Wednesday, November 09, 2016

The Mormon Candidate Takes Utah

I can't believe it. Mormons did vote for the Mormon Guy. This table from Google shows the Utah Vote with 75% of the votes counted. The Mormon Guy got 21% of the vote. 21% is phenomenal for a candidate who had no possible chance of winning the election.

Utah Vote
Donald Trump Republican 46% 360,634
Hillary Clinton Democratic 28% 217,820
Evan McMullin Mormon 21% 160,801
Gary Johnson Libertarian 3% 25,096
Jill Stein Green 0.7% 5,295

Yesterday I linked to an article by Neal Silvester on why Mormons voted against Trump and for a political operative from Goldman Sach whose only qualification is that he is a member of the LDS Church. The article is a great example of Mormon-think in action.

Silvester starts with a with a standard sales pitch for Mormonism. The pitch includes a claim that Mormons are somehow victims of great persecution.

Silvester whines that non-Mormons project false images on Mormons.

He then spends twenty pages projecting images from the Book of Mormon onto Donald Trump. Silvester's thesis is: "men like Donald Trump are everywhere in the Book of Mormon;" therefore I can take any negative image from the Book of Mormon and project the image onto Trump. (Mormons pull this type of crap routinely.).

Silvester says idiotic things like Trump seeks to persecute Muslims because Trump is worried about the current wave of immigrants from Syria who many suspect of being infiltrated by ISIS. Silvester accuses Trump of adultery and accuses him of promoting whoredoms among priests because Trump once owned the Miss Universe Pageant. (This from a state that brought the world "princess pageants").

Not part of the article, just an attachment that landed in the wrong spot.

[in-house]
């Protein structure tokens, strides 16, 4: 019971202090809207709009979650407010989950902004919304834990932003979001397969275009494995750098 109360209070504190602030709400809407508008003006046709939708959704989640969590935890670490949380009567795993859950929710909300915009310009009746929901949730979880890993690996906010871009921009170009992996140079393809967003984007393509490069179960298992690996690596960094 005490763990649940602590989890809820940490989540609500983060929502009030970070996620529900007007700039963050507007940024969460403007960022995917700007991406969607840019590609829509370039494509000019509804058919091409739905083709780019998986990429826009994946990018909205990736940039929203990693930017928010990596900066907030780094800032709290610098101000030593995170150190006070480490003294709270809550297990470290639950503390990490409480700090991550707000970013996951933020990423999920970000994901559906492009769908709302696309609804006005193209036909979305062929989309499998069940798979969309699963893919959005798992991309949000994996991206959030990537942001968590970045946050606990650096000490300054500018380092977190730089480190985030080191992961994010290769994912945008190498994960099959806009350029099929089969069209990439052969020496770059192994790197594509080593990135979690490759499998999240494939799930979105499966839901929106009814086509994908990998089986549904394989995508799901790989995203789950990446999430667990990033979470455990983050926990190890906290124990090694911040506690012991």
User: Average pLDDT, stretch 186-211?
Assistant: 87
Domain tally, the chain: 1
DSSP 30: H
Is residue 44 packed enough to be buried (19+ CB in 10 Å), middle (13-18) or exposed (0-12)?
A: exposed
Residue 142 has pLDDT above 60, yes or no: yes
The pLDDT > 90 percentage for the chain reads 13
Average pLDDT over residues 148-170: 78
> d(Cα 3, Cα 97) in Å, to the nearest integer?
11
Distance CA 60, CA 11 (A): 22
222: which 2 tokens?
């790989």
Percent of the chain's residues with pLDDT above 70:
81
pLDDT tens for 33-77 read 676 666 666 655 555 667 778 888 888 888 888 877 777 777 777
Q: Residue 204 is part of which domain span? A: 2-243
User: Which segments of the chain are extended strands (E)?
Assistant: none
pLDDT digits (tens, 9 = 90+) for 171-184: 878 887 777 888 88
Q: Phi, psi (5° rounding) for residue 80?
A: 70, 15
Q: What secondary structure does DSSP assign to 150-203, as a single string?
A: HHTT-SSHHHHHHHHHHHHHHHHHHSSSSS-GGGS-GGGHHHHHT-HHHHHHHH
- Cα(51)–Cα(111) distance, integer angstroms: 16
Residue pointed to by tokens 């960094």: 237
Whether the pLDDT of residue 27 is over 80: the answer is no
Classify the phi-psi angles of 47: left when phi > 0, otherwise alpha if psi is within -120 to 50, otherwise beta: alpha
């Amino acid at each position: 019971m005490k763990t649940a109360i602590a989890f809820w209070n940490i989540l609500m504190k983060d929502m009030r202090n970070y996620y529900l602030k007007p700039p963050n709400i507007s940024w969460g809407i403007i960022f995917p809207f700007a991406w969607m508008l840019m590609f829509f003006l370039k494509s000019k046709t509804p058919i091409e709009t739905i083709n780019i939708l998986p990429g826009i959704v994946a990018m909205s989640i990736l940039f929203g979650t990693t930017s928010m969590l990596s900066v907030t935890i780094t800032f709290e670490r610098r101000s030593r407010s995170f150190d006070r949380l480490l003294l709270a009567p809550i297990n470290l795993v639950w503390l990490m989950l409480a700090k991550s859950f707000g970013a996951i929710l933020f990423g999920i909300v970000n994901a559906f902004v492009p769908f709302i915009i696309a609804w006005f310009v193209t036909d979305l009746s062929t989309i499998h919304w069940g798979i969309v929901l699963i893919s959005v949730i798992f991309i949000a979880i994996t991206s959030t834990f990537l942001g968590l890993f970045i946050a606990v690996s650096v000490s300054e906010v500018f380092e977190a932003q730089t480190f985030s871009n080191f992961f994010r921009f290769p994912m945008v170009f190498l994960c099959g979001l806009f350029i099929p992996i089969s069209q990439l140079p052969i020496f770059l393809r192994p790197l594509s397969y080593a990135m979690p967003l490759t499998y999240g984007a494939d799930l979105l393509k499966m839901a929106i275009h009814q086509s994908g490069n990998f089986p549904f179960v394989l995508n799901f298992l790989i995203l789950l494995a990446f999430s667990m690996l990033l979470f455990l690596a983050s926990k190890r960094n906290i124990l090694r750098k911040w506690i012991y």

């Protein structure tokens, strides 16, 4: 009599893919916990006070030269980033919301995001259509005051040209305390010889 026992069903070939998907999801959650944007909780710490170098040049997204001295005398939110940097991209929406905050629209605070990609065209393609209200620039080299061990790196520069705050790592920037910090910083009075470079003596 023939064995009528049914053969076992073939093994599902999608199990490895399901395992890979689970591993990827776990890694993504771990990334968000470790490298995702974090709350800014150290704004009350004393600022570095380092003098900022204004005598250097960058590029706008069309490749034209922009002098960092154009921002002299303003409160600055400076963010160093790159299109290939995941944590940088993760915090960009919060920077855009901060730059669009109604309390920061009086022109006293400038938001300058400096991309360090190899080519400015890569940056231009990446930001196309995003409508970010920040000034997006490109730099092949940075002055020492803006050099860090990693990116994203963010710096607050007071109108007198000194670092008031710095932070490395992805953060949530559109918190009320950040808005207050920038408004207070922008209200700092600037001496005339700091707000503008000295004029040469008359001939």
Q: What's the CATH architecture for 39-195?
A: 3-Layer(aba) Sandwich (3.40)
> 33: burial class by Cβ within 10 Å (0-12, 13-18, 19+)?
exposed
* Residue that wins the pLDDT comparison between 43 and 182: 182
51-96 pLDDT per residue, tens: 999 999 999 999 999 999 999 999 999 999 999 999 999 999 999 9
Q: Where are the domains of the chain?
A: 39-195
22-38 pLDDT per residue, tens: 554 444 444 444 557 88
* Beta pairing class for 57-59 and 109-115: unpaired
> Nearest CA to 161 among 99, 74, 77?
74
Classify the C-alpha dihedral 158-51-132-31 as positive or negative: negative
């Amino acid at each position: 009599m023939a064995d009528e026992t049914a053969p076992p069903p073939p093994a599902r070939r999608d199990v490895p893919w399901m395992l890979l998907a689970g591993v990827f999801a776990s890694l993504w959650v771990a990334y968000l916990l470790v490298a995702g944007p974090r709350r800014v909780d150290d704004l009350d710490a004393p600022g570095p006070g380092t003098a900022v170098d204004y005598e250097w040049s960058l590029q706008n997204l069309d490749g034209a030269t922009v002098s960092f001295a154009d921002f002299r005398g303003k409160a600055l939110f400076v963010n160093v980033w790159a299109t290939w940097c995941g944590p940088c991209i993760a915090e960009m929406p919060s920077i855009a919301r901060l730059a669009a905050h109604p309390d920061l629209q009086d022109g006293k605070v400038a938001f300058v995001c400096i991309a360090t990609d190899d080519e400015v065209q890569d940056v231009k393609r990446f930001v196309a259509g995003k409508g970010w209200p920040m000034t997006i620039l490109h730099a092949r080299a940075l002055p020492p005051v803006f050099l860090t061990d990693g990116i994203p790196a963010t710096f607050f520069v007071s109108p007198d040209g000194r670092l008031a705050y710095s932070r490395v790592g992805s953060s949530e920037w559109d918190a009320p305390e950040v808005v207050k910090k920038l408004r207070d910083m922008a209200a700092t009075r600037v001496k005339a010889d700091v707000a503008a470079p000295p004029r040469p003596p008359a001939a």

Silvester complains that Trump builds tall buildings. This is supposed to be sinful because some fictional Nephite King built a tall building on temple grounds. (Mormons built a tall building on Temple Grounds).

Silvester's post has page after page where he throws invective from the Book of Mormon at Trump.

The article had me rolling on the floor with laughter.

Before reading the article, I want to point out: The Book of Mormon was written in the 1800s. It is based on a speculative idea that Native Americans descended from the lost tribes of Israel.

Joseph Smith claimed that a group of Israelites called "The Nephites" came to the new world on a submarine.

The Nephites were a "white and delightsome" people. The Nephites kept doing sinful things. After each episode, God would curse the people he didn't like and turn them brown.

The idea is similar to the "The Mark of Cain." The "Mark of Cane" idea states that God turned the descendents of Cain black and doomed African Americans to be the slaves of the white people. Realizing that everyone was supposed to have died in the Great Flood, Brigham Young said blacks were descendent of someother person who did great evil.

Anyway, the Book of Mormon conflict ends with an extermination war where the "white and delightsome" Nephites are slaughtered by the dark and loathsome Lamanites.

The "proof" for of the Book of Mormon is the observation that Native Americans have darker skin than European settlers.

I've heard Mormons called Barack Obama "the antichrist" based on the observation that Obama has dark skin.

Anyway, Silvester's page on why Mormons voted against Trump is quite amusing. It provides insight into a strange think called "Mormon think."

PS: Apparently the Mormon candidate Evan McMullin has called for Mormons to leave the Republican Party (Washington Post). I would love to see that happen as such a departure would improve the GOP.

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